Monitor your pH carefully with your meter. Ideally, you want your solution to hover at around 6.5, but this may vary depending on the type of plant you are growing. Keep an eye on the pH and electrical conductivity in the reservoir, and add nutrients whenever necessary after you’ve topped of the water. 

It’s not enough to use pH as the only method of determining when to add nutrients.  You also need to pay attention to the electrical conductivity (EC) in the reservoir, since this will tell you how much salt has dissolved in the water. Monitor both for best results. Once the amount of water you’ve added via your regular topping off has surpassed half of the reservoir capacity, you need to change the solution out altogether. 

Because plants take in nutrients and water at different rates, there is really no hard-and-fast rule on how often you should empty your reservoir and nutrient solution. Waiting too long can cause a build-up of certain minerals, while changing too often is cumbersome and can disturb your plants. Nevertheless, this is an important step, as water changes allow you to start fresh with a clean, chemically balanced reservoir.

Monitoring, Cleaning, and Maintaining Your Reservoir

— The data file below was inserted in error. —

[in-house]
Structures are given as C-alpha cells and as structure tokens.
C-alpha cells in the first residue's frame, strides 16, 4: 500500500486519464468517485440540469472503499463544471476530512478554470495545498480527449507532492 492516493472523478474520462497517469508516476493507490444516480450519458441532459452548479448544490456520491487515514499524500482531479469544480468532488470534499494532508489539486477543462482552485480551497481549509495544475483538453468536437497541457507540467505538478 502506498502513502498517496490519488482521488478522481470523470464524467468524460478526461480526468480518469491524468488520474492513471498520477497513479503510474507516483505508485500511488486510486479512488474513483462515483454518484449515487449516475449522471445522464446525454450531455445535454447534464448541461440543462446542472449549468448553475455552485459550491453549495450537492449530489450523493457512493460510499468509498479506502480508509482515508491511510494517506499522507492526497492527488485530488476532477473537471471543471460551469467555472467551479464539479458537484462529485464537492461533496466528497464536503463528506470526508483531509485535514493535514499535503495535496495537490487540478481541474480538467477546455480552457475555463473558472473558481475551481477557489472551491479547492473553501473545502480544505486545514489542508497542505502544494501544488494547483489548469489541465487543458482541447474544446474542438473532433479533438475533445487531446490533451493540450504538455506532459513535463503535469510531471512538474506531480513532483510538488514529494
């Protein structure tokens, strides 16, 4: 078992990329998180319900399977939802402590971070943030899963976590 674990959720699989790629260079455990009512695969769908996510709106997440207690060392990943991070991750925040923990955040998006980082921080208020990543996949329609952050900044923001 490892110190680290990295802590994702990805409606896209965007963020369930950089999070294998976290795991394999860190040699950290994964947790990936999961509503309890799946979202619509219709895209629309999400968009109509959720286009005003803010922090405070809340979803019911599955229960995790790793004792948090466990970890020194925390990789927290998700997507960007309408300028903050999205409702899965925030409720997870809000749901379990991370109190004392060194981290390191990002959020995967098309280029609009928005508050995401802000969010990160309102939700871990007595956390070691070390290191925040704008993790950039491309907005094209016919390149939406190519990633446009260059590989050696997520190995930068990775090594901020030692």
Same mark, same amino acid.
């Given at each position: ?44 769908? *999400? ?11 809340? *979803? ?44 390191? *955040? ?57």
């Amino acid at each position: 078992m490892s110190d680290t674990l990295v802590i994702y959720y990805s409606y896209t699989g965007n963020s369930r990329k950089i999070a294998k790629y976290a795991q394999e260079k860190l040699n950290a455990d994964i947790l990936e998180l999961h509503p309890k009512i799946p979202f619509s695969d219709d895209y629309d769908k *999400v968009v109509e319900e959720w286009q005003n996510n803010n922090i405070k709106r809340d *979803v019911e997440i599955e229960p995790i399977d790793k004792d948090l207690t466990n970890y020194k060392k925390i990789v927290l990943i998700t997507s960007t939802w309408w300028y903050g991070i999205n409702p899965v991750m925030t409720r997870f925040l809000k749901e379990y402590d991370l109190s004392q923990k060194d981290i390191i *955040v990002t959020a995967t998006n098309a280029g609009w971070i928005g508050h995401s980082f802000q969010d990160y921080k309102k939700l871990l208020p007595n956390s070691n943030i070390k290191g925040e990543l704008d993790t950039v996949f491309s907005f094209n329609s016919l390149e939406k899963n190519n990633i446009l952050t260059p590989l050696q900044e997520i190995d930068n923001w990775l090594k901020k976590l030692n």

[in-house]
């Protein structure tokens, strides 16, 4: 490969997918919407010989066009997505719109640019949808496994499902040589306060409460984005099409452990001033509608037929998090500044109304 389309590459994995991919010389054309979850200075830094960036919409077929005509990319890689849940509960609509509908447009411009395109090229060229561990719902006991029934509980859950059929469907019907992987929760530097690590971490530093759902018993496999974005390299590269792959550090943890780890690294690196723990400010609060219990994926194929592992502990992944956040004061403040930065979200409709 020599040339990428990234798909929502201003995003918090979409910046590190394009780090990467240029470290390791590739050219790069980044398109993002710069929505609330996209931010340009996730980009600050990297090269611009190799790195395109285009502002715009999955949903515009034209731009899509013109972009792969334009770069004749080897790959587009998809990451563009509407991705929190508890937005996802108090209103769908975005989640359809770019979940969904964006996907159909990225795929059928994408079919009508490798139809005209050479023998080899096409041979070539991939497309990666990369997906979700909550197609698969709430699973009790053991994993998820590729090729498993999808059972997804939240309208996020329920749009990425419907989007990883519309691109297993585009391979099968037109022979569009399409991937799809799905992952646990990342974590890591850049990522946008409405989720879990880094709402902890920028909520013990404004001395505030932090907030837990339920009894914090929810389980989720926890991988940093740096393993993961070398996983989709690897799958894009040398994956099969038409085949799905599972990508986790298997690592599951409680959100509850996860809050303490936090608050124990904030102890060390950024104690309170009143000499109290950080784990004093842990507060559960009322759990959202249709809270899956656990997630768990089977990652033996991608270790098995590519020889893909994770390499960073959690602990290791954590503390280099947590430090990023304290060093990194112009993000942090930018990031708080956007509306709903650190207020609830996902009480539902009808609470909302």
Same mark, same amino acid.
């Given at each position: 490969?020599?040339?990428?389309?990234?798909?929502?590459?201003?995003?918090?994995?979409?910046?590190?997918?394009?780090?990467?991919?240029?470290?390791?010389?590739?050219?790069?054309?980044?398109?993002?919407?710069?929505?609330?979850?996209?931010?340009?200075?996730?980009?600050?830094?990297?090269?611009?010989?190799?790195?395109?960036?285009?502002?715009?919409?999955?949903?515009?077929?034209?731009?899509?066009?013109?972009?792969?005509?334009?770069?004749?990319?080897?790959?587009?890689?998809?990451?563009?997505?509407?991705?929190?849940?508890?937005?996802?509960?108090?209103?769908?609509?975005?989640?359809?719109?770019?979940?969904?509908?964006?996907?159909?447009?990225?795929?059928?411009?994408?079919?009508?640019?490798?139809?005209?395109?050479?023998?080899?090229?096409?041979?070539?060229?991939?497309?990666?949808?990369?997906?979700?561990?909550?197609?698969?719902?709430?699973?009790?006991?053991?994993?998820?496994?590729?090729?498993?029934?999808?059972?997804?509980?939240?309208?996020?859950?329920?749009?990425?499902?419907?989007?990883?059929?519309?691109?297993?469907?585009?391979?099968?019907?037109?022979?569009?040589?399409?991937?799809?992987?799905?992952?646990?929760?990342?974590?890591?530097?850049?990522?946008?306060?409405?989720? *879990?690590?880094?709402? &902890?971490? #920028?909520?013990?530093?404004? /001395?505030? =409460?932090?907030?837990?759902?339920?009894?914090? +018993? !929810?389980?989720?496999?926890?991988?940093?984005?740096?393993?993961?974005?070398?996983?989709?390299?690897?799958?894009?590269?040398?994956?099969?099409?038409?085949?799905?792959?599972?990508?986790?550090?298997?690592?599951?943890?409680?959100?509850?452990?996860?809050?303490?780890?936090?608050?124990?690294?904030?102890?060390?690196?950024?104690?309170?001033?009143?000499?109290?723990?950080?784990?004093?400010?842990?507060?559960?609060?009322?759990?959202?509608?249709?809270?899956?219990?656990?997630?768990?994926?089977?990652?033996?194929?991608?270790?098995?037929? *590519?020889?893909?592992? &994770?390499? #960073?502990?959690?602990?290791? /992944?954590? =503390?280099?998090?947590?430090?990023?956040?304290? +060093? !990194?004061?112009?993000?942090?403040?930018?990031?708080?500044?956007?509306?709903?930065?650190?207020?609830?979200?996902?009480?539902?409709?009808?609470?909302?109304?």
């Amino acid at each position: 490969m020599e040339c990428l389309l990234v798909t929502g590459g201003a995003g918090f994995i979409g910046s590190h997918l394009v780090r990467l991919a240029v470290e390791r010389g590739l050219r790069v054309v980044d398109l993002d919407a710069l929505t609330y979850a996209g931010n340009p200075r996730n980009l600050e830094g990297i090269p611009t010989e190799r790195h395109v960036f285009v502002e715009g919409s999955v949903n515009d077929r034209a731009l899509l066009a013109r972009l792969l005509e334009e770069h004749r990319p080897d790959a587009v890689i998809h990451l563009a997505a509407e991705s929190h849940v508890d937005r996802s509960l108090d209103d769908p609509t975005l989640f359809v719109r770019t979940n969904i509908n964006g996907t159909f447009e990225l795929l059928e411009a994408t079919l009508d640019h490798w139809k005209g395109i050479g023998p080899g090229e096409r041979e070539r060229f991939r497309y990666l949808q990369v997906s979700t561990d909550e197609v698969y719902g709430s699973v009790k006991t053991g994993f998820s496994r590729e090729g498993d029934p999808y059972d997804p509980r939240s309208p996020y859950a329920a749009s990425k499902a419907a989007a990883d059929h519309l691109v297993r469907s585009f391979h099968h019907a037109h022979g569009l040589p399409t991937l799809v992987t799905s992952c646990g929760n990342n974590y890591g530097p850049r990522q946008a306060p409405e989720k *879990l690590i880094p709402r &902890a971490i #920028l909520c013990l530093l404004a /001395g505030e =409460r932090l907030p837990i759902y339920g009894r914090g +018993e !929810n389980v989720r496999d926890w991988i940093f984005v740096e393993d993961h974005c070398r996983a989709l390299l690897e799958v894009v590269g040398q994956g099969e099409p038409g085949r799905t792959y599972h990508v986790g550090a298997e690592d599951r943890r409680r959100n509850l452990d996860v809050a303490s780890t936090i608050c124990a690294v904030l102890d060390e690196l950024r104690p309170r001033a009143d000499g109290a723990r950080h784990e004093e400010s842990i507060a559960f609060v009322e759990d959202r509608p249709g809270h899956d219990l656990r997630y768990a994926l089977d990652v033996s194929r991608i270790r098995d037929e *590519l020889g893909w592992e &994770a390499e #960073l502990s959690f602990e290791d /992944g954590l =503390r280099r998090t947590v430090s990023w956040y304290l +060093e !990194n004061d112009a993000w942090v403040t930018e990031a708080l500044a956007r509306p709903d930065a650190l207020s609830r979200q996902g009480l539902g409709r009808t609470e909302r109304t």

It is incredibly important to monitor your hydroponic garden to be on top of any changes or problems that may arise. Daily checks are best, but checking twice or three times a day is a good rule of thumb to follow if you have just changed or added something in your system. No nutrient solution is perfect, so if you notice clogging debris, chemical imbalances, or bacterial infections, you may need to adjust your solution.

Create an easy way to empty your reservoir and tanks. There are plenty of easy solutions available. 

Clean your reservoir out, ensure it's done properly. There are solutions available that can help you sterilize the tank. 

Test your nutrient solution on a regular basis after refilling the reservoir.

In some cases, this may necessitate flushing the solution altogether. It’s actually recommended that you do this at least once a month to cleanse the system even if you don’t have any obvious problems. This can help remove any built-up residue that can affect the growth of your plants. 

Keep in mind that you will need to clean your reservoir from time to time, too. While you should always keep a tight lid on the tank to prevent algal growth and to reduce the likelihood of foreign objects -  like dust, dirt, or, yes, your cat’s curious paw! - from reaching the solution, this doesn’t keep everything out.

Every time you flush your tank, wipe it down with a safe cleaning solution like hydrogen peroxide. This is also an excellent opportunity for you to clean or change filters, rinse dirty strainer bags, and to tidy up the tank. 

Over time, you will learn a system that works best for you, and for the plants you are growing. Keep accurate records of how much water and nutrient solution you have added each time, and record how well your plants respond to different combinations. 

 While each plant and each hydroponic system is different, a bit of vigilance when you’re first getting started can help to make the difference between a so-so crop and one that is truly spectacular.